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contains some works of Zurbaran ; the principal of which is Saint Peter seated on a throne and clothed in pontifical robes. The good Saint must feel not a little surprised at being thus exhibited to posterity as a Pope. There are several little pictures surrounding this large one ; representing various passages in the life of the Saint. Zurbaran displays but little imagination; he seems, however, to have been skilful in the technical part of his art. There is in the same church a picture by his master, Juan de las Roclas, representing Santiago or Saint Jaques mounted upon a huge white horse, equipped as a knight, and busily employed in belabouring and overthrowing the Moors in the battle of Clavijo. It is evident from this picture that the Spanish painters took as great liberties with costuming their Saints, as the priests of that country did and do with accoutring their images. Terror, rage, and despair, are depicted with great force and truth in the features and gestures of the prostrate Moors. Amongst them is a young Saracen who painfully endeavours to raise up his dying head and brave, at least with looks, the aspect and flaming sword of the Saint. This is a fine idea, and perfectly well realised by the painter. Pedro de Alesio has treated the same subject for the church of Saint Jaques, where it figures over the grand altar.

One of the finest pictures in the Cathedral is the Vision of Saint Antony, by Murillo. It is placed in the Chapel of the Baptistery. The Saint, in a moment of mystical ecstasy, stretches forth his arms and raises his noble countenance towards the infant Jesus, who is smiling on him from a couch of transparent clouds, which are painted with infinite art. Through the entrance of the cell is seen a Gothic cloister, the light of whieh is not the same as that of the cell. All the objects in this fine composition are executed with admirable truth and beauty.

To see the other chefs-d'æuvre of Murillo (whose merit can be justly appreciated only by those who have been at Seville), we must visit the Church of the Hospital de la Curidad, where his finest productions are, or rather were to be seen ; for one of his four great pictures, after having been stolen by the French, was restored at the Peace of 1815, and has since remained at Madrid, where forms one of the principal ornaments of the Gallery of San Fernanda. The subject is Saint Isa bella, Queen of Portugal, who devoted herself to the care of the poor, the sick, and the mutilated.' Here Murillo sported in his own element; for, as it is well known, there never was a painter who shewed so strong a predilection for imitating the disgusting casualties and diseases of afflicted human nature. His beggars covered with filth, vermin, and ulcers, excite horror and loathing from the very fidelity and excellence of their execution. It is almost impossible to conceive how the artist could have so far conquered the natural repugnance excited by such hideous nastiness, as to enable him to copy with minute accuracy such objects. One is almost forced to think that to his ardent love of painting, must have been joined a mind inaccessible to human suffering. It is however much to be deplored that Murillo did not exercise his extraordinary talent for the imitation of nature upon more attractive objects: for, having given it this direction, his excellence" served him but as an enemy,” and became “a sanctified and holy traitor to him,"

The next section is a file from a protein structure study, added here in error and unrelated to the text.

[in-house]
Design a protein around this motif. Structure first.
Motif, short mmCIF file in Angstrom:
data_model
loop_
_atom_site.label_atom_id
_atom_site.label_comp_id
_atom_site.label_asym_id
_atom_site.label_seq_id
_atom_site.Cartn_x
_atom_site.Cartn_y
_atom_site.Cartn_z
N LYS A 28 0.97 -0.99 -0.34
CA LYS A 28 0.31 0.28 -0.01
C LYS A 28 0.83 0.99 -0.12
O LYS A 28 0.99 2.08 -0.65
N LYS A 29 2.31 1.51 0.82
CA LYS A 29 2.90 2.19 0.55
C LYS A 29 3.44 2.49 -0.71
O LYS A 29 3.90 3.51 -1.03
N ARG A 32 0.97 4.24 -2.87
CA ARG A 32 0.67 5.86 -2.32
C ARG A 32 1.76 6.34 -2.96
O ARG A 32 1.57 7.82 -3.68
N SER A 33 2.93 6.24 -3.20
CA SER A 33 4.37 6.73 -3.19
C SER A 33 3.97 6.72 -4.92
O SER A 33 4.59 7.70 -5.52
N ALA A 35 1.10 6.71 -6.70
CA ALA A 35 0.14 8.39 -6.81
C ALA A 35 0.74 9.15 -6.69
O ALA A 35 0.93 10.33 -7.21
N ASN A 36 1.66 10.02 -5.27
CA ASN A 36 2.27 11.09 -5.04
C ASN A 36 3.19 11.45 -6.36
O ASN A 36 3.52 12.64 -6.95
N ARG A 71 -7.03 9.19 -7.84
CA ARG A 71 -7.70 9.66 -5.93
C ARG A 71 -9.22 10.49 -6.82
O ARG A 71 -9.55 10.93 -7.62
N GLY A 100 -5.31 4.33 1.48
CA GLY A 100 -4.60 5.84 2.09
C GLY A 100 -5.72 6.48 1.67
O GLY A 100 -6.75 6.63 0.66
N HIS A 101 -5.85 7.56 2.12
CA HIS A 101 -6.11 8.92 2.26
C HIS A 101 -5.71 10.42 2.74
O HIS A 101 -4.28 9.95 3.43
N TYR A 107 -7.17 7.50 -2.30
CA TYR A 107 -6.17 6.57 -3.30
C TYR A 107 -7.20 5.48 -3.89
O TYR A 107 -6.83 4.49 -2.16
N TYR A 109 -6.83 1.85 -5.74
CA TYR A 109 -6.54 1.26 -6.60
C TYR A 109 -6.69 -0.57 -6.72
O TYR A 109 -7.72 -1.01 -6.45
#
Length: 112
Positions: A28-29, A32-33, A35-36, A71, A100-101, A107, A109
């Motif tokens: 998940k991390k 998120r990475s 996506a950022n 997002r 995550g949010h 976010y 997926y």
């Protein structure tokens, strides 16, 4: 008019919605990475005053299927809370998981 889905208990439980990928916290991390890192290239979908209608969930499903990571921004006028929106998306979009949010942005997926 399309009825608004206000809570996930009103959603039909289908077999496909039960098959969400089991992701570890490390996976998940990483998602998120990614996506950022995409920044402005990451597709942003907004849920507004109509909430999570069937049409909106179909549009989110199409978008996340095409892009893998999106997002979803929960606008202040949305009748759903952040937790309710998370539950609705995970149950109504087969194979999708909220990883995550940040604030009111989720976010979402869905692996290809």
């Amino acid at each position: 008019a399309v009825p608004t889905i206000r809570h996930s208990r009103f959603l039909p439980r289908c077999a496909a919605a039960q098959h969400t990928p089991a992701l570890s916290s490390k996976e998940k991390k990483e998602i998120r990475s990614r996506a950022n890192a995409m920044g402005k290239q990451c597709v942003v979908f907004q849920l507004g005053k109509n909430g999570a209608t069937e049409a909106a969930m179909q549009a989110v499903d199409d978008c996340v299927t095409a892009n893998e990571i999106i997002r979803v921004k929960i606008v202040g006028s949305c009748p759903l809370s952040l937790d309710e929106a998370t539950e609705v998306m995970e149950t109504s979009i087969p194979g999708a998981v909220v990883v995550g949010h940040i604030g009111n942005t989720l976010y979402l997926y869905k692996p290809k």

inasmuch as, the better he succeeded, the greater was the disgust excited. One of the other three pictures that are still to be seen in the Hospital de la Curidad, represents a San Juan de Dios, who is carrying on his back a sick man to the hospital, in which charitable office he is assisted by an angel. The second is our Saviour, in the midst of a beautiful country, feeding the multitude, who are skilfully disposed in groups. The third is Moses striking the rock and causing a living stream to spring from it, to which a crowd of men and animals are hurrying to slake their thirst. In the principal figures of the two last pictures there is a want of character observable. They seem even to have been executed with a feeble pencil. Indeed the same may be said of the first picture, in which San Juan de Dios and the angel have nothing of the ideal about them. On the contrary, their features are rather harsh and vulgar. One is inclined to suppose that Murillo had blunted the fine tact of genius, by a too continued attention to the grosser and ruder models of nature, if the celestial features of his Saint Isabella did not triumphantly prove that he was complete master of the beau idéal, when he took the pains to seek it, or the subject inspired him.

The Capuchin Church de la Porta Macarera formerly possessed some of Murillo's paintings, but they are now dispersed. Since the suppression of the convents and other religious communities equally useless, if not hurtful, an excellent idea has been put in execution, that of depositing in one of the reformed churches a great